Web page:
Over 100 Human rights activists, journalists, prominent lawyers, religious figures and political dissidents had their smartphones hacked by spyware that exploited the vulnerability in WhatsApp, according to the Facebook owned messaging service in May 2019.
The victims of the attack were only contacted by WhatsApp yesterday. Their smartphones were targeted through WhatsApp’s call function by customers of the Israel-based NSO Group, which makes Pegasus, a spyware program. Once installed Pegasus is designed to take over all of the phone’s functions.
WhatsApp is taking legal action for the first time against NSO that has carried out this type of attack. WhatsApp said it spent six months investigating the breach, discovering that attackers had used its service to target about 1, 400 phones over a two-week period this spring, and had asked its 1.5m users to update their apps in order to close the loophole.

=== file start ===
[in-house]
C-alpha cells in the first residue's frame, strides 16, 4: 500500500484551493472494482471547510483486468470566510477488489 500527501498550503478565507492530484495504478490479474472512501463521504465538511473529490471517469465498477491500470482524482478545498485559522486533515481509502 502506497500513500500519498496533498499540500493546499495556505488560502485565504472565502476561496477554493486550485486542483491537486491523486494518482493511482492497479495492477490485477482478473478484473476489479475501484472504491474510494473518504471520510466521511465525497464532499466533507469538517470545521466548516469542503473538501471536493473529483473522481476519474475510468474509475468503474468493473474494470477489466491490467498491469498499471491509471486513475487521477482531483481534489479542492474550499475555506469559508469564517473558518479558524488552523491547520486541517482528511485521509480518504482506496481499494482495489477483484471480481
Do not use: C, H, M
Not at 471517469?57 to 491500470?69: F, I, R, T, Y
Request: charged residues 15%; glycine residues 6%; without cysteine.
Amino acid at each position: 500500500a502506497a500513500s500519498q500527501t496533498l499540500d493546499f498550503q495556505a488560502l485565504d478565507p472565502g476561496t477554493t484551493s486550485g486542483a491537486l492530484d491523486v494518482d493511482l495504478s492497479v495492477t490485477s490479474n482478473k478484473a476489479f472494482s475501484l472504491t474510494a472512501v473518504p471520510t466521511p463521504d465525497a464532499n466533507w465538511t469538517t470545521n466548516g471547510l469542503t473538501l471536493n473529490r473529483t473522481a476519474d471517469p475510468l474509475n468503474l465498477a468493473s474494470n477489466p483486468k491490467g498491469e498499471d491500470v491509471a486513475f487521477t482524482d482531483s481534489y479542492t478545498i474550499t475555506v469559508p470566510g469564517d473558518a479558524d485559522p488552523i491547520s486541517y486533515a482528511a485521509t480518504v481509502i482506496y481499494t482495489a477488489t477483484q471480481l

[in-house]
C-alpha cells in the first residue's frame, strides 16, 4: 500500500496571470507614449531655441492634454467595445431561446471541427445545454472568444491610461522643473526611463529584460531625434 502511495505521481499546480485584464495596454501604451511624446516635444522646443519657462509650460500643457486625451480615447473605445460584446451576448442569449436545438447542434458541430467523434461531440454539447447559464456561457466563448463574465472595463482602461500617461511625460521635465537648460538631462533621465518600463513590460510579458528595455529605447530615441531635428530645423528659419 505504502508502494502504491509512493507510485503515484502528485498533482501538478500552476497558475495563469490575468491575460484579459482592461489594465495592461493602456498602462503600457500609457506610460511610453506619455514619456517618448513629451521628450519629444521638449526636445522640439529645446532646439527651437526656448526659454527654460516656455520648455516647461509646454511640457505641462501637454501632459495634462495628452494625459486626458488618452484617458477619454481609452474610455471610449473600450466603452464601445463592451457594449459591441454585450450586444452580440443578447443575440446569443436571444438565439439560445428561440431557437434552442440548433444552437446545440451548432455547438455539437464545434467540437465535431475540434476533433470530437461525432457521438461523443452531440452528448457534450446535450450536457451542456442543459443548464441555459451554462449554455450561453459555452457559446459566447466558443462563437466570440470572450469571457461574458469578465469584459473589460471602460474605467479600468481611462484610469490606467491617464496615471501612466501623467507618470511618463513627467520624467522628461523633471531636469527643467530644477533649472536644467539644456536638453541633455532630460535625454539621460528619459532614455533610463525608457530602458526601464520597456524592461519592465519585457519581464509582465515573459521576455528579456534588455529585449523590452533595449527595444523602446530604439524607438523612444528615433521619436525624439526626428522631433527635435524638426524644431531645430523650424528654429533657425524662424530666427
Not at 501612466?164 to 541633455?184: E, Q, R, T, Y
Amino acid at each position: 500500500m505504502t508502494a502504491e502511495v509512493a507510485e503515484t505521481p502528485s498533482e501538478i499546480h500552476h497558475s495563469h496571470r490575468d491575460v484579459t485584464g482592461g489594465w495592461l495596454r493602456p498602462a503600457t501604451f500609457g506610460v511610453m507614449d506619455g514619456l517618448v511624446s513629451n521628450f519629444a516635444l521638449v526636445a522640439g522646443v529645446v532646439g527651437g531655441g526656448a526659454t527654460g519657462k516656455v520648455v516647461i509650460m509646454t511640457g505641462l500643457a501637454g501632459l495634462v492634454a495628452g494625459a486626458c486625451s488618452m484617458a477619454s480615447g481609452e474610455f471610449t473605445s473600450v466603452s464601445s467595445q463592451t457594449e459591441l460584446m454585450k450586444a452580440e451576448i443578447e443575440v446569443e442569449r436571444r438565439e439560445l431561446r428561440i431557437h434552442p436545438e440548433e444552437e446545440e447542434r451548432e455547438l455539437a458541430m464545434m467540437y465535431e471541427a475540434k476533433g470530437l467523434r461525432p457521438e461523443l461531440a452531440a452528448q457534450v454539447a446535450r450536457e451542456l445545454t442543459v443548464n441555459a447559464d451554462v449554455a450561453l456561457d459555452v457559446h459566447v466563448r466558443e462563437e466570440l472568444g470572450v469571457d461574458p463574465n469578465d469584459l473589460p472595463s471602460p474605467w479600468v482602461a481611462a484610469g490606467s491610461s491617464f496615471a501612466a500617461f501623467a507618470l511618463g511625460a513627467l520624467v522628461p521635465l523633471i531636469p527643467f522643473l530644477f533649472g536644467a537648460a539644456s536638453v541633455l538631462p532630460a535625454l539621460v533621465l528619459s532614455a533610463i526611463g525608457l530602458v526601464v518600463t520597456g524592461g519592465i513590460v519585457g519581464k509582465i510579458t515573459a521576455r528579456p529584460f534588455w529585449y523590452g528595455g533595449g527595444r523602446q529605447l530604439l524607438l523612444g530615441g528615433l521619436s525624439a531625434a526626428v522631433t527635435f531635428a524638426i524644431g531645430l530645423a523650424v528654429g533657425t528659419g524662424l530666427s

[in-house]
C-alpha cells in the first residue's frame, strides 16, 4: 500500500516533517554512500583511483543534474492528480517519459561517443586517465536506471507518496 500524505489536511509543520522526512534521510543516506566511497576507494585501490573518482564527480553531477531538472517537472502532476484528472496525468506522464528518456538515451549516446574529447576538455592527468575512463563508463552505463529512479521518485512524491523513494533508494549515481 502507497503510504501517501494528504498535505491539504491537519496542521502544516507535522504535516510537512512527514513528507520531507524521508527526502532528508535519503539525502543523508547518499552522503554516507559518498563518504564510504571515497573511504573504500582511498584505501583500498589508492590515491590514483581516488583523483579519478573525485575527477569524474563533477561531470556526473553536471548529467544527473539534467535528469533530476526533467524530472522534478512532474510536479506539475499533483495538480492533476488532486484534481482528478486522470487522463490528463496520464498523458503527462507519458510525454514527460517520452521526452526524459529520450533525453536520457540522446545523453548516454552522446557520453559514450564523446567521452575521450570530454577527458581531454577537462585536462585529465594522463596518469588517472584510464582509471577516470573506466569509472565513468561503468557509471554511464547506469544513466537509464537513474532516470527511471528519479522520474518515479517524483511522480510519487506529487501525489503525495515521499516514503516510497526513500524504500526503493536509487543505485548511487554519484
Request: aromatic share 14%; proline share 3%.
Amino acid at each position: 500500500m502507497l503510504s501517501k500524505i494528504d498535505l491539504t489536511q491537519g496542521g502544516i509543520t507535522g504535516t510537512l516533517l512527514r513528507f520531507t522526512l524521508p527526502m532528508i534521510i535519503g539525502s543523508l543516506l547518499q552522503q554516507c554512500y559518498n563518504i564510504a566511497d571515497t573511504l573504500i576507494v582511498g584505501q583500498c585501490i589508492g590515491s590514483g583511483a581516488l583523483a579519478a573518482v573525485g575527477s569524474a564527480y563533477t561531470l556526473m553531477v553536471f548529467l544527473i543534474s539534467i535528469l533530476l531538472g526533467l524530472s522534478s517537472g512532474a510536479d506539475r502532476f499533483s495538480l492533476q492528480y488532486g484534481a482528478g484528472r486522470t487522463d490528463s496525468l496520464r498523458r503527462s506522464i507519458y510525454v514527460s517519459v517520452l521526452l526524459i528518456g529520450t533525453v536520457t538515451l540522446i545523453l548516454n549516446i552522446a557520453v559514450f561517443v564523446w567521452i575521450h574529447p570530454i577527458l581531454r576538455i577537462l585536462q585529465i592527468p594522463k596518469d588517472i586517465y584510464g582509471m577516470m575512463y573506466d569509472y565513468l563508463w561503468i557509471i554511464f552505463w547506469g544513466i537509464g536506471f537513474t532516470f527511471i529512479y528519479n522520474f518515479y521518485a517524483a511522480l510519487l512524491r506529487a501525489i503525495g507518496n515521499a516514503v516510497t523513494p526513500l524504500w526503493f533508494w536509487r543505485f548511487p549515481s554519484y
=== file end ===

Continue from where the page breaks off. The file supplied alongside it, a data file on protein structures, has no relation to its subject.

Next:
NSO claims that Pegasus is sold only to law enforcement and intelligence agencies to prevent crime and terrorism. WhatsApp, which worked with the University of Toronto’s Citizen Lab to identify targets, said a sizeable proportion of the targets were members of civil society, saying these had been an “unmistakable pattern or abuse” of the spyware.
WhatsApp called for “strong legal oversight of cyber weapons used in this attack to ensure they are not used to violate the rights and freedoms people deserve”.
However, NSO believes allegations of misuse of its products are based on “erroneous information”.